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  • Writer's pictureFiona Bielby

THE GOLDEN HOUR SESSION, on your wedding day.

You may have heard photographers talk about golden hour, as a photographer we just assume everyone knows when it is and what it is. Last year, I was asked on several occasions by couples what it was, so I thought I'd write this to help my future couples, that way you can decide whether or not you'd like to prioritise this as part of your day.

Golden hour in the woods at Camp Katur

The couple are walking and laughing at golden hour, they're at Deepdale Farm Wedding Venue

At Bunnyhimm Weddings, the couple are forming a silhouette under the tree, the golden rays are peeking out from behind the bride.

Deepdale Farm, the couple embrace in the golden sunrays

A walk along York City Walls with the bride and groom, as golden hour hoits the city

When the Sun is close to the horizon on a sunny day, its light appears warmer and softer. This makes the golden hour, it can happen twice a day (sunrise and sunset) if we're lucky; I'm not going to lie, I generally only see one of them in summer. Golden hour can also be known as the magical hour, the very fact that I'm writing this should let you know, this time of day is popular with photographers and filmmakers. I absolutely love it. The colours, hazes and tones are pretty intense and incredible.

Given you can't really appreciate them with the naked eye, photography has given us chance to experiment and freeze this time of day, so we can finally see it for ourselves.

The term golden hour can indeed be a little misleading, with golden hour not generally lasting a full hour at all, in fact it can be a very small window of time depending on the weather conditions on the day. If you like the idea of portraits at golden hour it's a good idea to chat about this with myself or indeed your chosen photographer ahead of time. Depending on the time of year, the window of time in which you're going to achieve the most incredible photos changes, as you now know golden hour coincides with sunrise and sunset.

To plan ahead, take a look at this golden hour calculator to get a rough idea of what time it will be when you get married.

On the farm in north yorkshire, the couple kiss in the golden rays of the sun, their combine harvester in forming a silhouette in the background.

Walking hand in hand across the stubble field at the Normans, near York. The sun is setting in the distance.

At White Sykes Fields, the couple are stood enjoying the golden sun on their skin.

The the meadow at Camp Katur at sunset, the image still looks good in black and white.


*If you think golden hour is for you, bear this mind, when it comes to planning significant events in your day, if you're having a winter wedding, golden hour can be anywhere between 3.30pm and 4pm which can very often collide with either your speeches or dinner. Photographers can get a bad name for disturbing you during this period of the day; even so, we know how incredible these photos can be and because not everyone is blessed with the right conditions, we feel passionate about trying to get the best for you on your wedding day. *Communicate with your caterers or venue coordinator, if these photos are important to you, it's your wedding day, these are your memories, so stick to your guns and tell them you might be diving out for 10-15 minutes as the puddings comes out or just before the speeches. That way they'll know exactly what we're up to and will be totally, on board with our actions. 🙈😂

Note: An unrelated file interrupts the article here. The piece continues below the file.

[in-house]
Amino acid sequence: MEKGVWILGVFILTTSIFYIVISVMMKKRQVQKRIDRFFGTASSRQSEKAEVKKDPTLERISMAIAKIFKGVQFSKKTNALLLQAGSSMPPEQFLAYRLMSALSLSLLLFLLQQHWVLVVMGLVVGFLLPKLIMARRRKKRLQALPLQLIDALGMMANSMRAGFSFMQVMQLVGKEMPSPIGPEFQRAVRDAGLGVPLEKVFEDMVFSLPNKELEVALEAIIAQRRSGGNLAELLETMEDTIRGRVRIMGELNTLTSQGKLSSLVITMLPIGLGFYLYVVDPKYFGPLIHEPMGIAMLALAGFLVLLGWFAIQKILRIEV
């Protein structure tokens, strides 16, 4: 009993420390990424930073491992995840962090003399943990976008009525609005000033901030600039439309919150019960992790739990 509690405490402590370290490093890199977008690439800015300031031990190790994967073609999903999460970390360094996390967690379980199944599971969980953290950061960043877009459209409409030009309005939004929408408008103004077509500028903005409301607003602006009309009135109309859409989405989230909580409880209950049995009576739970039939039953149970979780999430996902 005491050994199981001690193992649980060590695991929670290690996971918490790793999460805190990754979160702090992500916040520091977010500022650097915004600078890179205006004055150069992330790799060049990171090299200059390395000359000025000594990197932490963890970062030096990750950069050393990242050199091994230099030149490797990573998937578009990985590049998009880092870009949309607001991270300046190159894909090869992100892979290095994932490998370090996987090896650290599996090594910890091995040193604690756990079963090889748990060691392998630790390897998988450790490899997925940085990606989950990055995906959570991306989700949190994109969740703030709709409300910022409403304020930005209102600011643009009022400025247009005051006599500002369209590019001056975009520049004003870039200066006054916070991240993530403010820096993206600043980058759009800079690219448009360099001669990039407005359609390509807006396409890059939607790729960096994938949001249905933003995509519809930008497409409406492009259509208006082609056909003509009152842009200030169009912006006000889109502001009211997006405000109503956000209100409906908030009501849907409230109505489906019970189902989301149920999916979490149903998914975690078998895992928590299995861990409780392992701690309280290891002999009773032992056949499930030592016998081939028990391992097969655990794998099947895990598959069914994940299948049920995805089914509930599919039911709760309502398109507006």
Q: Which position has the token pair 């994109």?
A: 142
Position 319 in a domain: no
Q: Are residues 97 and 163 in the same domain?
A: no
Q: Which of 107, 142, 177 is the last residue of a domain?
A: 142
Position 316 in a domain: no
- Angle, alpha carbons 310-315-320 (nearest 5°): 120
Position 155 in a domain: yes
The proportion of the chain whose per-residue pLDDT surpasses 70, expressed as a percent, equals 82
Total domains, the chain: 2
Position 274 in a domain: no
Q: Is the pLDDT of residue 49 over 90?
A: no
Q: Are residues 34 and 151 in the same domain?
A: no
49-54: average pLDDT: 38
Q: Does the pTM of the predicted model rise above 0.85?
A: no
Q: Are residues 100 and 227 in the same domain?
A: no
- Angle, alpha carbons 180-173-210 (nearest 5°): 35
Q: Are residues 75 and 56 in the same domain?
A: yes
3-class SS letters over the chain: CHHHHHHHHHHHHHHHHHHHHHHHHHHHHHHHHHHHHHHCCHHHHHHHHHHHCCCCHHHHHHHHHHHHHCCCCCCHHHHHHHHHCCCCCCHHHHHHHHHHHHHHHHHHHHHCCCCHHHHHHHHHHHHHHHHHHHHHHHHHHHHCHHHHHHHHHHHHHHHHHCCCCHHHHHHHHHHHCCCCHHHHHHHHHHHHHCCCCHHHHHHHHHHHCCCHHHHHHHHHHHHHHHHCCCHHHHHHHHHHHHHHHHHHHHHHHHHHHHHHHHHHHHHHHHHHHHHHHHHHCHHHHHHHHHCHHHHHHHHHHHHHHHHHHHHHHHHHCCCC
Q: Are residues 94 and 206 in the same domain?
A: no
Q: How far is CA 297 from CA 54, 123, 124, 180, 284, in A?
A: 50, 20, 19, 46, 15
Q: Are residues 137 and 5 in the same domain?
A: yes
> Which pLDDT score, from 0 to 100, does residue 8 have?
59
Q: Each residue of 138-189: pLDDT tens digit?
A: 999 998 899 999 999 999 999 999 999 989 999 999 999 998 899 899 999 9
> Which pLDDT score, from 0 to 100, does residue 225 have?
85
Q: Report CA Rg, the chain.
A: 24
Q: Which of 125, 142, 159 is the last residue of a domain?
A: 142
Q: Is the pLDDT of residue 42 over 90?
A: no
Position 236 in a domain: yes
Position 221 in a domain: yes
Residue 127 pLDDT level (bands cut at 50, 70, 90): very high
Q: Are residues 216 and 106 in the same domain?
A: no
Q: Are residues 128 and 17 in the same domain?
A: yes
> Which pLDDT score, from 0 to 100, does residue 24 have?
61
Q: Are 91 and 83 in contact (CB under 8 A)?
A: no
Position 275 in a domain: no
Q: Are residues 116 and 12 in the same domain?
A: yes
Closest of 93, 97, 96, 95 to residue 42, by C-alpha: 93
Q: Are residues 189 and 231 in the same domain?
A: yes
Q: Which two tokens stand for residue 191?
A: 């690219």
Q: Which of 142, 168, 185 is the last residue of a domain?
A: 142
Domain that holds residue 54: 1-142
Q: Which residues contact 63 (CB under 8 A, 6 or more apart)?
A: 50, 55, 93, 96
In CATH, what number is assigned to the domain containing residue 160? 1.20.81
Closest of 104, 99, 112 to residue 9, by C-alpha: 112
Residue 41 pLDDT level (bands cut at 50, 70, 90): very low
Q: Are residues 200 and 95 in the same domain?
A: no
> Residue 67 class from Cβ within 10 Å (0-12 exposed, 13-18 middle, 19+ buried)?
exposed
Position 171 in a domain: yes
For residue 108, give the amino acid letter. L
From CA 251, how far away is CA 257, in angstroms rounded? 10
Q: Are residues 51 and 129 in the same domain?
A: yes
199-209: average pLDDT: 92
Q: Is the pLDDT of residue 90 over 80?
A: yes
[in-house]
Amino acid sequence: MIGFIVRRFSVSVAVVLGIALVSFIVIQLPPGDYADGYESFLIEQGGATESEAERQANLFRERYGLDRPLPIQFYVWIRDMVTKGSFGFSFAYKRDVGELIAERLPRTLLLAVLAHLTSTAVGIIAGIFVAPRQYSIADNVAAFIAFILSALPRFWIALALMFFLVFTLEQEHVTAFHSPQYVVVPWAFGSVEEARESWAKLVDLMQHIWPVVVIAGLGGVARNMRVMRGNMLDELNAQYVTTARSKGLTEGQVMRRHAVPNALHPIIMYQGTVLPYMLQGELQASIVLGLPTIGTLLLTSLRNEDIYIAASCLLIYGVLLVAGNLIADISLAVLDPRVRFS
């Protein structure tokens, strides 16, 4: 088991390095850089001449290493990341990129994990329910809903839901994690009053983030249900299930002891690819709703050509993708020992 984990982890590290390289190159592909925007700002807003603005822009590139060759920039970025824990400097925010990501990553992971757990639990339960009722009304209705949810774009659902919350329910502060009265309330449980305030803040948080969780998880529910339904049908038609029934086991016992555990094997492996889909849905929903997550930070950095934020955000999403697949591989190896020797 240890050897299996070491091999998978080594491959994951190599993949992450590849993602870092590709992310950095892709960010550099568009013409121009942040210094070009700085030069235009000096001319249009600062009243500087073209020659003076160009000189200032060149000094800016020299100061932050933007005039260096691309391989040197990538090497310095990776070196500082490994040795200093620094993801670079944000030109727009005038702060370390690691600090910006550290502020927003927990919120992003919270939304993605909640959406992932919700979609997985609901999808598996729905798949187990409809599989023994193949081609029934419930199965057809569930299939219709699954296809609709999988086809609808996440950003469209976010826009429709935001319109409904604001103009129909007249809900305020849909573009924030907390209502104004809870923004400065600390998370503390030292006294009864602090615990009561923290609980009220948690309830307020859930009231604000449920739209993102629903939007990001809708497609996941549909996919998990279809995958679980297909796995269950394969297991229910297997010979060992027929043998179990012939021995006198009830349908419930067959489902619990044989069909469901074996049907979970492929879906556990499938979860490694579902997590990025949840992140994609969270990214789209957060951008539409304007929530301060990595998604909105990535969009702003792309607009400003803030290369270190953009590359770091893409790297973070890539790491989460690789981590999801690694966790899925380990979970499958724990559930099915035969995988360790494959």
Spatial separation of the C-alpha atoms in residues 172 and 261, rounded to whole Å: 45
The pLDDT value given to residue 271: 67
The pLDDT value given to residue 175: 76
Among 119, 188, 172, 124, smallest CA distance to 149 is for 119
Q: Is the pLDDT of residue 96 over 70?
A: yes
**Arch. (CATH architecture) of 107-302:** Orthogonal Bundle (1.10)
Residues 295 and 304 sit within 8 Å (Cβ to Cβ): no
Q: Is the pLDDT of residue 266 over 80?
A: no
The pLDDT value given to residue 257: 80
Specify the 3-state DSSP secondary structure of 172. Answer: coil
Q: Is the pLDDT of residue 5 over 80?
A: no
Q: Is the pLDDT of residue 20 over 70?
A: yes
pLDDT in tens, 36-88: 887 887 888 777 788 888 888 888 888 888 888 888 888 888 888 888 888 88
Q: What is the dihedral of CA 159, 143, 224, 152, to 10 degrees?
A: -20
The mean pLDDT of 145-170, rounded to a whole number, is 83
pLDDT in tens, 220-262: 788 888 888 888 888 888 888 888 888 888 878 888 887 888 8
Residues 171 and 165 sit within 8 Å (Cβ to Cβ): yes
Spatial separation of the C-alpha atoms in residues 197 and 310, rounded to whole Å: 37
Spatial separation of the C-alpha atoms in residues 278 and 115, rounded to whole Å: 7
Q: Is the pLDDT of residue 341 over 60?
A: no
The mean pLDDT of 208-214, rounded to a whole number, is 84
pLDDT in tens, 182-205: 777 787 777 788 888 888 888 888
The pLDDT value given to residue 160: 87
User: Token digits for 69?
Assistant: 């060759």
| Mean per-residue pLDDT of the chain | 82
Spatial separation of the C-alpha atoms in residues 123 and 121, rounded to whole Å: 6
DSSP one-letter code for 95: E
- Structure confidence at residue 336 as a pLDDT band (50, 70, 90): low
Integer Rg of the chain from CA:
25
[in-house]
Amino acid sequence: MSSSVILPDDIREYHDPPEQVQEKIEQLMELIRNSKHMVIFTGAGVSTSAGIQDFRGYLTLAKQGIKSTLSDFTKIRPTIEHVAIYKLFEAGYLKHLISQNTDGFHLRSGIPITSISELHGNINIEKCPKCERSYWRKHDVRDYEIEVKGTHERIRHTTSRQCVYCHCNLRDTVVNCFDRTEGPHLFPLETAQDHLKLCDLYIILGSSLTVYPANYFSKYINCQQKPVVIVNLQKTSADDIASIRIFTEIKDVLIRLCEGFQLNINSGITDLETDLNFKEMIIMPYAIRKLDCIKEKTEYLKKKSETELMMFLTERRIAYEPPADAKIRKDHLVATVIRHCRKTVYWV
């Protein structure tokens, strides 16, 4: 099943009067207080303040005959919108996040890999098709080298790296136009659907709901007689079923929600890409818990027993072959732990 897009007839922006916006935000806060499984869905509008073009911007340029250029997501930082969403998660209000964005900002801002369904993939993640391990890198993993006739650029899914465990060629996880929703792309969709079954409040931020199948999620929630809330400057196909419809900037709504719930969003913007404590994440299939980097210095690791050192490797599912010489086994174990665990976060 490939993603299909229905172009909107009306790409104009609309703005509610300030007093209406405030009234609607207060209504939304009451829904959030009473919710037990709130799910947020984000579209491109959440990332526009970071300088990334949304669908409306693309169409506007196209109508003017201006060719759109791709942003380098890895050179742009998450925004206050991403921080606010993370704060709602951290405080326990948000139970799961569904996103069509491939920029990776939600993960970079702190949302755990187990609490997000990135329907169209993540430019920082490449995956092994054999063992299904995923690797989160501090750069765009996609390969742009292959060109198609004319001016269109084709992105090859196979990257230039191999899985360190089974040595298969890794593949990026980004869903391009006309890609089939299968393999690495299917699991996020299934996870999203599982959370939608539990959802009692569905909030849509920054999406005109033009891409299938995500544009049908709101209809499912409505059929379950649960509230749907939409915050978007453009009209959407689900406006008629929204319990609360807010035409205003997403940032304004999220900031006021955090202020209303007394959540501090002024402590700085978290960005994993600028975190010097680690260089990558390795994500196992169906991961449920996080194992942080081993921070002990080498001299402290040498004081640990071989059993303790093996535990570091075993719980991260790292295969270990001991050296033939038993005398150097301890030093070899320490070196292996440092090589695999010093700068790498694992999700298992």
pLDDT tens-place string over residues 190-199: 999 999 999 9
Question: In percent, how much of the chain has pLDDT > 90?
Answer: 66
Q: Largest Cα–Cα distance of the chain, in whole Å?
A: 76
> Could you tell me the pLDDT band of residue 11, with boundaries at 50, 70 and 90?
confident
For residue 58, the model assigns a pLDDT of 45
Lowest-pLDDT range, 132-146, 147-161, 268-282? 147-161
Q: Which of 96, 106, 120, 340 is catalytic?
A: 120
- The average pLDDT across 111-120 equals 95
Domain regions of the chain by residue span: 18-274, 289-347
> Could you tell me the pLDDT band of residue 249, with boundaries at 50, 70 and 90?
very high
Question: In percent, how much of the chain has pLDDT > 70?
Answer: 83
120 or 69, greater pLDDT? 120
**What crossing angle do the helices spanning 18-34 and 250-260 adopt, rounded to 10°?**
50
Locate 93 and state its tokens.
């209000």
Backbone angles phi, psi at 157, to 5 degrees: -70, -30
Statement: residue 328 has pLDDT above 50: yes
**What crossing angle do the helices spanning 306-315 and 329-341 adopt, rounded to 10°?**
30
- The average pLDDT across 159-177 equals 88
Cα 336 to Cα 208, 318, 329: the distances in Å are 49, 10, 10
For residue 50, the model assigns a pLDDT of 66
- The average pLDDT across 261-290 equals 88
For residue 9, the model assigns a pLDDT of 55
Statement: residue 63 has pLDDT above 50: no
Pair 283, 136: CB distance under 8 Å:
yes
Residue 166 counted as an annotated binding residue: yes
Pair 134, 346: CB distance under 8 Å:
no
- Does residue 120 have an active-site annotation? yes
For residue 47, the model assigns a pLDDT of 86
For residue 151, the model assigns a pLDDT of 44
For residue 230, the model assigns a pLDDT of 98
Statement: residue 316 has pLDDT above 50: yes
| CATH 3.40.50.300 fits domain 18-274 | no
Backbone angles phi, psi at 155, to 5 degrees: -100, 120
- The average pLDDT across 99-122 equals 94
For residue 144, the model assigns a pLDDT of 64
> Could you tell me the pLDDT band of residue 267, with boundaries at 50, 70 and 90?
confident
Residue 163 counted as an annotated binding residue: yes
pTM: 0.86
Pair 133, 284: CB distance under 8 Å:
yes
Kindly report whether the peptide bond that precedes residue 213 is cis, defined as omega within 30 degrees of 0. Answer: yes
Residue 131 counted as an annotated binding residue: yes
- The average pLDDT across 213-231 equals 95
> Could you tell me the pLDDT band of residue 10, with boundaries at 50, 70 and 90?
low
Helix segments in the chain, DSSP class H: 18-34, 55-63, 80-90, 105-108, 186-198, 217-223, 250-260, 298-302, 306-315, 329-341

Sunset in the city of York


-Do you always get a golden hour?

Sadly, we don't always get the benefits of golden hour everyday of the year. If it's dull and over cast, you will unfortunately not always get the amazing sunset you desire, but if I know it's important to you, I will keep my eyes peeled and grab you when the time is right, even if we only land 5 minutes it could be worth a try..

-Should we schedule a time for these photos?

Not necessarily, we don't alway get the light we want at that given time. We can check the calculator and say roughly between X and Y times, but I'll grab you when I'm happy with the intensity.

I like to let my couples know that I'm watching and then grab them when the time is right, be aware that when I come and grab you you need to be as quick as you can, (depending on the day) all too often I have couples who say they want these and they they get caught up talking and end up missing it.

If they are important to you, you must be prepared to up and leave, talk about the photos with your guests and pre-warn them, that way they'll be more understanding at that given time.

-How long will the session take?

If we get the right conditions on your day, the session doesn't have to take forever. I usually recommend between 10-15 minutes, that way we should be able to get you a nice variety and I will have already scouted out a good location for them, so we can get straight to it.

-Do you think we should have them?

Of course! But it's totally up to you, these are your photos, not mine. Do what you want to, but also look to your future self and think will I regret my choice if I decide not do this?

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